Sunday, September 9, 2012

Back in America

The fact that I haven't blogged much lately has more to do with three kids under four than lack of material. Still, I've gotten fairly comfortable in Croatia. I feel like I've adapted to some of the major cultural differences and have identified and come to terms with those things I can't adapt to. I'm not shocked very much anymore as a foreigner in Croatia.

But now we're back in the States for five months. And since I've come back a few times already, I was prepared for some of the things that shocked me previously.  The fact that there's far greater diversity didn't surprise me. The ambition and self-promotion that comes across whenever you turn on a TV or radio was expected. Even seeing how much food is wasted hasn't surprised me as much as it did in the past.

Here are four things that did take me off guard when I came back this time.

- Entertainment. The other day my wife went to the Department of Motor Vehicles to renew her license leaving me in charge of the three kiddos. Fortunately, the DMV in our area is in a mall. It's also located across from a play area where you can leave your tot for 8 bucs apiece. Coming from Croatia where the play areas are hard to come by but free, I said no way. My four year old was not thrilled. Neither was my two year old.

But their moods quickly changed when we walked around a bit. This mall also came with free entertainment. They watched kids bounce high into the air off trampolines, stomped on projected images on the floor that produce simulated reactions, received free balloons and looked at the dogs at a pet store, stared at big screen HDTVs with slow motion videos of dogs shaking the water off and ate free orange chicken samples in the food court given out by servers in cool red visors. It was all new, all free and kept my three children entertained for two plus hours.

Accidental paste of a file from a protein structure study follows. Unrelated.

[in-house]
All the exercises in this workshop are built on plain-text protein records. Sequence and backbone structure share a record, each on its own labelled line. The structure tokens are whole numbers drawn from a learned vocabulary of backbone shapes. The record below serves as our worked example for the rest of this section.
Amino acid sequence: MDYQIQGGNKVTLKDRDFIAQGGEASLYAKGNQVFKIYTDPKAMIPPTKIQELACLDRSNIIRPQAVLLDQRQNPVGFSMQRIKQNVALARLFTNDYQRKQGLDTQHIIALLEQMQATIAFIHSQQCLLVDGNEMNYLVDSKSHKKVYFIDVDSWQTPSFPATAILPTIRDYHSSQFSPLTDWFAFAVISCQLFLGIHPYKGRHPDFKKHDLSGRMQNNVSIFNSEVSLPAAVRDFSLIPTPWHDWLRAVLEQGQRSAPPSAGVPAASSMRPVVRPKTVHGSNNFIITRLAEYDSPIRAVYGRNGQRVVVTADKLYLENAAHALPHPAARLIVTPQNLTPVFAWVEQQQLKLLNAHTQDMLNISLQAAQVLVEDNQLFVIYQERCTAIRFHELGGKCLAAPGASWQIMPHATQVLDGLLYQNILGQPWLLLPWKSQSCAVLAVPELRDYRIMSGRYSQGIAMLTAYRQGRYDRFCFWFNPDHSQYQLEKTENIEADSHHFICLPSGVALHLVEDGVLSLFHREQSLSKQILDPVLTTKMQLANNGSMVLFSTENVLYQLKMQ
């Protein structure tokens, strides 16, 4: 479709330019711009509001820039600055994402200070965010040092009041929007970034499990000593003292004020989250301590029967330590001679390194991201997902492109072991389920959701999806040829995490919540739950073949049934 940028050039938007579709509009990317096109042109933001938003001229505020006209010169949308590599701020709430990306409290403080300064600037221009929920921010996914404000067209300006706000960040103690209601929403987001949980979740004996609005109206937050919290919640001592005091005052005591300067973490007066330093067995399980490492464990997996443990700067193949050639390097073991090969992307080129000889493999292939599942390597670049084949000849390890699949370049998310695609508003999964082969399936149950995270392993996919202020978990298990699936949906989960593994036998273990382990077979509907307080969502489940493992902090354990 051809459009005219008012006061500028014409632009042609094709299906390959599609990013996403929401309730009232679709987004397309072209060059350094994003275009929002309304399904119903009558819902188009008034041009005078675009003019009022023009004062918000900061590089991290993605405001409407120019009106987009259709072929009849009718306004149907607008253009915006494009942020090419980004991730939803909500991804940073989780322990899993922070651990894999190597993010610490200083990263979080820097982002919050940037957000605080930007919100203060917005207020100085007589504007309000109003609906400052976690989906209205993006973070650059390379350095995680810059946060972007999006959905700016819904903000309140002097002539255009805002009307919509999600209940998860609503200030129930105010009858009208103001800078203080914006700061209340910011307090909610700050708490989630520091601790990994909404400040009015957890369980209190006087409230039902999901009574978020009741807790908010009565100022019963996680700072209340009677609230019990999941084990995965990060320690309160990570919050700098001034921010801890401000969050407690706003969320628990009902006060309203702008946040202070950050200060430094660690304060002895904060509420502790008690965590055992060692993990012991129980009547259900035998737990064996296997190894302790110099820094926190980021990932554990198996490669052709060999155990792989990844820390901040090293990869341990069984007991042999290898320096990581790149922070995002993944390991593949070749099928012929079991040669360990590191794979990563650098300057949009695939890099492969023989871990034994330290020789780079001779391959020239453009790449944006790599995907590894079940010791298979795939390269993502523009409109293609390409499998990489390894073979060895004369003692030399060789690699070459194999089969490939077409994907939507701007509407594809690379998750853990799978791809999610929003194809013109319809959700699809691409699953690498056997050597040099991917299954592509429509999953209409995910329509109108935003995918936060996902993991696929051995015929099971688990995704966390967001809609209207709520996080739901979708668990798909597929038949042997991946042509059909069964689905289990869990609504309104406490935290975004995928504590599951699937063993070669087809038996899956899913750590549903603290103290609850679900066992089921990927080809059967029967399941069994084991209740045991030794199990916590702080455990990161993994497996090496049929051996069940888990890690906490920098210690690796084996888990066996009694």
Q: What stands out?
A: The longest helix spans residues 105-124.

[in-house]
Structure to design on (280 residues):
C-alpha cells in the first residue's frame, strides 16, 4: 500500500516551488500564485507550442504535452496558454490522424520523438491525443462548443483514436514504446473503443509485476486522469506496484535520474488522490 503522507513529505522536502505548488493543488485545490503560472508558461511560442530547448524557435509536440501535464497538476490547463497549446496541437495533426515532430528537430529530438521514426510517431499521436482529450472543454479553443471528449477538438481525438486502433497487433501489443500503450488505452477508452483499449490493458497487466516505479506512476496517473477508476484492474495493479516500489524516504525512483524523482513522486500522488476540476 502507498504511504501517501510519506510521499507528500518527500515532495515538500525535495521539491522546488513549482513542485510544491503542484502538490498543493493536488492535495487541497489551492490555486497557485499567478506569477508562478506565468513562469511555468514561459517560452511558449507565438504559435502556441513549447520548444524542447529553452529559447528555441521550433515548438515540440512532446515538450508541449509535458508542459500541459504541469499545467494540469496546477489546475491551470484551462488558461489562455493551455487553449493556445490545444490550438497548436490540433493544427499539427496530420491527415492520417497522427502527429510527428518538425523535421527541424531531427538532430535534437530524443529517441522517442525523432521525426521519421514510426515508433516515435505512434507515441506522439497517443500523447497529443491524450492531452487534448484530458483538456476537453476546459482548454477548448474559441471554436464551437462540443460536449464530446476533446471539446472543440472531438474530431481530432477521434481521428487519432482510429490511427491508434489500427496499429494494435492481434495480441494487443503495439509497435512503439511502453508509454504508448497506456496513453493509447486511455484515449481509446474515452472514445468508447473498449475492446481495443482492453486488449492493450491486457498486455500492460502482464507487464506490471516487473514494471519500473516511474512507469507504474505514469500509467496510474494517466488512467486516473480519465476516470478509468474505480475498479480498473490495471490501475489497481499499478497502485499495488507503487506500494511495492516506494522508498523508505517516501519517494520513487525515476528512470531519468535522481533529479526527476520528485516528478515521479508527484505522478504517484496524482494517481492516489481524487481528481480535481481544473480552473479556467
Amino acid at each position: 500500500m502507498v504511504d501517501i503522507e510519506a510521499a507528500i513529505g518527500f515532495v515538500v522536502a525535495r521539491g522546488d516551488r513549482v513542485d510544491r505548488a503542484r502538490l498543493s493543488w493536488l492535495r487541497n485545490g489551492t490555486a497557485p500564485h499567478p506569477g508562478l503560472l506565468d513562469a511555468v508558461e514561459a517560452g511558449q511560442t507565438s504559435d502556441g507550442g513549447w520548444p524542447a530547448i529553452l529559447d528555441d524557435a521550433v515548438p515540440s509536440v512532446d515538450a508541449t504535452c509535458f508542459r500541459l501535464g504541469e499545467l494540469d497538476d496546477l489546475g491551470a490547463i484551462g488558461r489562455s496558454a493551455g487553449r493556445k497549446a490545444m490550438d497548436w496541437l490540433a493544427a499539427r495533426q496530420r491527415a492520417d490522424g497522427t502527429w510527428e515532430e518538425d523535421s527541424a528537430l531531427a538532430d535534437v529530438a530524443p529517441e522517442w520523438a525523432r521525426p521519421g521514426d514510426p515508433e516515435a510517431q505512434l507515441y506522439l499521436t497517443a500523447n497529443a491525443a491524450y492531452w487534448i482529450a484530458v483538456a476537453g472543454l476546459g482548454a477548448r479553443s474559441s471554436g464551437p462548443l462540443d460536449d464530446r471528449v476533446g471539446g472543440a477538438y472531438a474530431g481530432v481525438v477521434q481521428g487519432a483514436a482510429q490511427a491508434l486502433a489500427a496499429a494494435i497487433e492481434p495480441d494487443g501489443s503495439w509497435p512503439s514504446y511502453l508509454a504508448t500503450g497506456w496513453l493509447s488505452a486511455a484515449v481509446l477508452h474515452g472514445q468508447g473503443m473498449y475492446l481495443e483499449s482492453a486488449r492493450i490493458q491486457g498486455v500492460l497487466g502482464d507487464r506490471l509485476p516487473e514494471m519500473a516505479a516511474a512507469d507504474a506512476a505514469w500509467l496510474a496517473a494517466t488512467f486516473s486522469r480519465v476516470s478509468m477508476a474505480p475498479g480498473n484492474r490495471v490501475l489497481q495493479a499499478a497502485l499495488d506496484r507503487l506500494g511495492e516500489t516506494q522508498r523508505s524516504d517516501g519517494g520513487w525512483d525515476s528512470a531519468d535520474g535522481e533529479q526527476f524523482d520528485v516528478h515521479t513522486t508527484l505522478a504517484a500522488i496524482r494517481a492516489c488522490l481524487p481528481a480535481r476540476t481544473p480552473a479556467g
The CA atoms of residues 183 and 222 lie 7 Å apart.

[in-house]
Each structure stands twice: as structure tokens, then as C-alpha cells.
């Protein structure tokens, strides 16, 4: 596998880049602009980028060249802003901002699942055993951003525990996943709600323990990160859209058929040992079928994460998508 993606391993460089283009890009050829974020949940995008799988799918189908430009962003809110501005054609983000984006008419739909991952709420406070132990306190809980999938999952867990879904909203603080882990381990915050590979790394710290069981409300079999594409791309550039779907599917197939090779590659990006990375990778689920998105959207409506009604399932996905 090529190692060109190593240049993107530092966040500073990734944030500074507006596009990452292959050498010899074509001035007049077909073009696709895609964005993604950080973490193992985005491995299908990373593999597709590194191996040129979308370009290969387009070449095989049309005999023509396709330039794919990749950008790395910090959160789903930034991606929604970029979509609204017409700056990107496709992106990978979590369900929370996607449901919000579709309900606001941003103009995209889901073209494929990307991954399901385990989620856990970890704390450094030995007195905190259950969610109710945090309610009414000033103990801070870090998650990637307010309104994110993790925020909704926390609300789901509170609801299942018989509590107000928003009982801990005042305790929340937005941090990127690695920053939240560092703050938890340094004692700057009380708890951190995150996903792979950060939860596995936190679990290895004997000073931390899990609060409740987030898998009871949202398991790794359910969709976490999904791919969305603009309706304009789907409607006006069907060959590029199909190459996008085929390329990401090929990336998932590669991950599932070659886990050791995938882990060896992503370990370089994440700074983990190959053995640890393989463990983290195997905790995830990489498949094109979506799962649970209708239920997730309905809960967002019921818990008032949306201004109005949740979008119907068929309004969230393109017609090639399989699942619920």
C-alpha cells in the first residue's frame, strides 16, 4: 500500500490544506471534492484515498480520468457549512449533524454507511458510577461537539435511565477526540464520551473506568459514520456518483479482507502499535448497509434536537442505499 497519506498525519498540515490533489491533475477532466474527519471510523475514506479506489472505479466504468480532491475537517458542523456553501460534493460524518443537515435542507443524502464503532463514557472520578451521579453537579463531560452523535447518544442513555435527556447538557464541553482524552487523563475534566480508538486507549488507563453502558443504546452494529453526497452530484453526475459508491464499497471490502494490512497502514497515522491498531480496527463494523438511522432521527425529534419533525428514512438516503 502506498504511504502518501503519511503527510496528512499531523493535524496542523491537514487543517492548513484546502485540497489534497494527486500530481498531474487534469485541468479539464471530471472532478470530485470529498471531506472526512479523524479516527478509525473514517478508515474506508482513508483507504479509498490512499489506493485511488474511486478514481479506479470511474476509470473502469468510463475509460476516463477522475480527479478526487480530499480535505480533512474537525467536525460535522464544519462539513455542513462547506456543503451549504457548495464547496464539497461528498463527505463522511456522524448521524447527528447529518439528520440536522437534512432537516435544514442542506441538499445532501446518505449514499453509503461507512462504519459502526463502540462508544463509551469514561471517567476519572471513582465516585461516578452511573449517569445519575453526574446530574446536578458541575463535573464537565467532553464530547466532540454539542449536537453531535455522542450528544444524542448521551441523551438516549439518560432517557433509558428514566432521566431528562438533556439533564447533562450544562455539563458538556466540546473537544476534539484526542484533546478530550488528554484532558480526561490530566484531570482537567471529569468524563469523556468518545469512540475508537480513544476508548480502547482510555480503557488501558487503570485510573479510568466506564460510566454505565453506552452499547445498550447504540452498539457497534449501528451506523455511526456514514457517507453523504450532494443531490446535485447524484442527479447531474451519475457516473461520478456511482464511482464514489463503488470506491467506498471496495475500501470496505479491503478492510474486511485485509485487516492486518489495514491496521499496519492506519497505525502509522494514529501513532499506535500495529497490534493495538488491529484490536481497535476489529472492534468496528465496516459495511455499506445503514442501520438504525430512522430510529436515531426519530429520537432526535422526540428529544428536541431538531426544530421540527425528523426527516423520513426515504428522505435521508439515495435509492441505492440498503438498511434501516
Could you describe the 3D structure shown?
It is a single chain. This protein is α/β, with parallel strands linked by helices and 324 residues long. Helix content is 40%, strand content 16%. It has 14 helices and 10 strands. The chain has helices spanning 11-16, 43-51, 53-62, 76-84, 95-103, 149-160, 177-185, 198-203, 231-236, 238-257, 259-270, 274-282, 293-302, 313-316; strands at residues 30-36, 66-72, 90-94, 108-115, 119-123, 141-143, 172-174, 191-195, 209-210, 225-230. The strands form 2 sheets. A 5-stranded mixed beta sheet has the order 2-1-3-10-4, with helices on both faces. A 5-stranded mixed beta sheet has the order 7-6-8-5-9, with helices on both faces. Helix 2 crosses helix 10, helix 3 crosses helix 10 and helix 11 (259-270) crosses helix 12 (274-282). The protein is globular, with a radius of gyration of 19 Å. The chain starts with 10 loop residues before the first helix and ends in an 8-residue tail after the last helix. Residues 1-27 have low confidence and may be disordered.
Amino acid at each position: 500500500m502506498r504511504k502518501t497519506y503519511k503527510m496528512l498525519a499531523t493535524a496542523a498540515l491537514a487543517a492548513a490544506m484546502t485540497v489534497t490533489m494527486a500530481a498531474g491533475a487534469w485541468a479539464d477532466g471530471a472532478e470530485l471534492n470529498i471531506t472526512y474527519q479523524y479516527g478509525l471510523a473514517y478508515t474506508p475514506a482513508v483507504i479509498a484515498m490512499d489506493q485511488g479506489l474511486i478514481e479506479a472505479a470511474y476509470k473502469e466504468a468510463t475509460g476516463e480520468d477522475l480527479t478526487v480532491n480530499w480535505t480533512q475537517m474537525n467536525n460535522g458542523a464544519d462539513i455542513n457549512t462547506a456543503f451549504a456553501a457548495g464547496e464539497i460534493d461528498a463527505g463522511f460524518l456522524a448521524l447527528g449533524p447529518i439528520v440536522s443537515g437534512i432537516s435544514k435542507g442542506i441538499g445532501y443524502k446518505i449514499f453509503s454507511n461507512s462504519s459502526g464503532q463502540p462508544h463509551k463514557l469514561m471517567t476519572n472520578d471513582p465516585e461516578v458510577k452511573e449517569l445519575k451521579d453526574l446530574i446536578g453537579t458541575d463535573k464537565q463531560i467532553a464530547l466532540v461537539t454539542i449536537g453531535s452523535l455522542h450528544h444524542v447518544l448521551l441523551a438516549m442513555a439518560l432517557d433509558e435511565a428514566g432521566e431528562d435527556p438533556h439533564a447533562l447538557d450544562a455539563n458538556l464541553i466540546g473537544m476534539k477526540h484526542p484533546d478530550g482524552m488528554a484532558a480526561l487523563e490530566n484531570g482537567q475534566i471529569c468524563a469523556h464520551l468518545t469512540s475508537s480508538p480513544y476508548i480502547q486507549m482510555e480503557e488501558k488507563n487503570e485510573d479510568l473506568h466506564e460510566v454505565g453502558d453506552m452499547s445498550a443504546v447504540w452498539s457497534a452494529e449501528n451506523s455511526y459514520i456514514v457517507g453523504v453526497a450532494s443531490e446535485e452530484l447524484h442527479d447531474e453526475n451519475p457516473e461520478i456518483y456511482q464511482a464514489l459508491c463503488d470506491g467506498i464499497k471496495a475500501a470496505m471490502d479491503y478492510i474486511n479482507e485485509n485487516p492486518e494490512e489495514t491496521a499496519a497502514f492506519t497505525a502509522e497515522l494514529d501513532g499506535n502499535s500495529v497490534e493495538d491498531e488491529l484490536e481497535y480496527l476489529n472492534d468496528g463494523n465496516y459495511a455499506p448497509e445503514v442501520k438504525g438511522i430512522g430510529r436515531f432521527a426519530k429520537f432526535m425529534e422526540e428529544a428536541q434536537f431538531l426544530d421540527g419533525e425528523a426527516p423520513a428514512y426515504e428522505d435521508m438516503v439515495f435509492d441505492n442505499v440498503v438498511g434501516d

- Dogs. In our small town in Croatia, dogs are kept on chains outside and fed scraps once a day. In the small town we're staying at in Massachusetts they ride in cars, heads and tongues hanging out - enjoying the good life. As I took a walk yesterday, two chihuahuas seemingly drove an SUV as it passed by. I shouldn't be surprised though. After all, I drove my dog to the vet the day before I left Croatia.

- Cold. News alert: It's not that hot in Massachusetts! The average temperature has been 75 degrees farenheit (23 C) since we got here. But you wish you'd put on your long underwear before going to your local grocery store. It's hard to feel sorry for businesses running low on money when they spend so much energy on cool air. On the other hand, Americans would accuse Eastern Europeans of the opposite - but equally puzzling - extreme in the winter time.

- Signs. Some of our friends who recently moved to Boston from Slovenia pointed this out the other day. Everything on a sign here is qualified. If you have to drive slowly, another sign will tell you why. If there's a stop sign, an accompanying sign will qualify it with a "four way", a "here" or even "Please".

Do these relatively small things say anything larger about our culture?


Nikki said...

Wow you guys are back in the States! Very interesting to read what has surprised you. I feel like I've gotten used to so many things here in Zagreb. I've met a lot of new Canadian and American people who have just arrived in Croatia and I was surprised by the flippant nature of "plans." I forgot how people tend to be with the whole, "oh yes, let's definitely get together sometime." With Croatian friends, we text and plan to meet at a certain time and place. Not some random future time (that will probably not happen for a good long while).

Jared Watson said...

Great post. I think those little things say TONS about a culture.

Anonymous said...

The one thing I missed most was the shower! Not having to hold the telephone and having water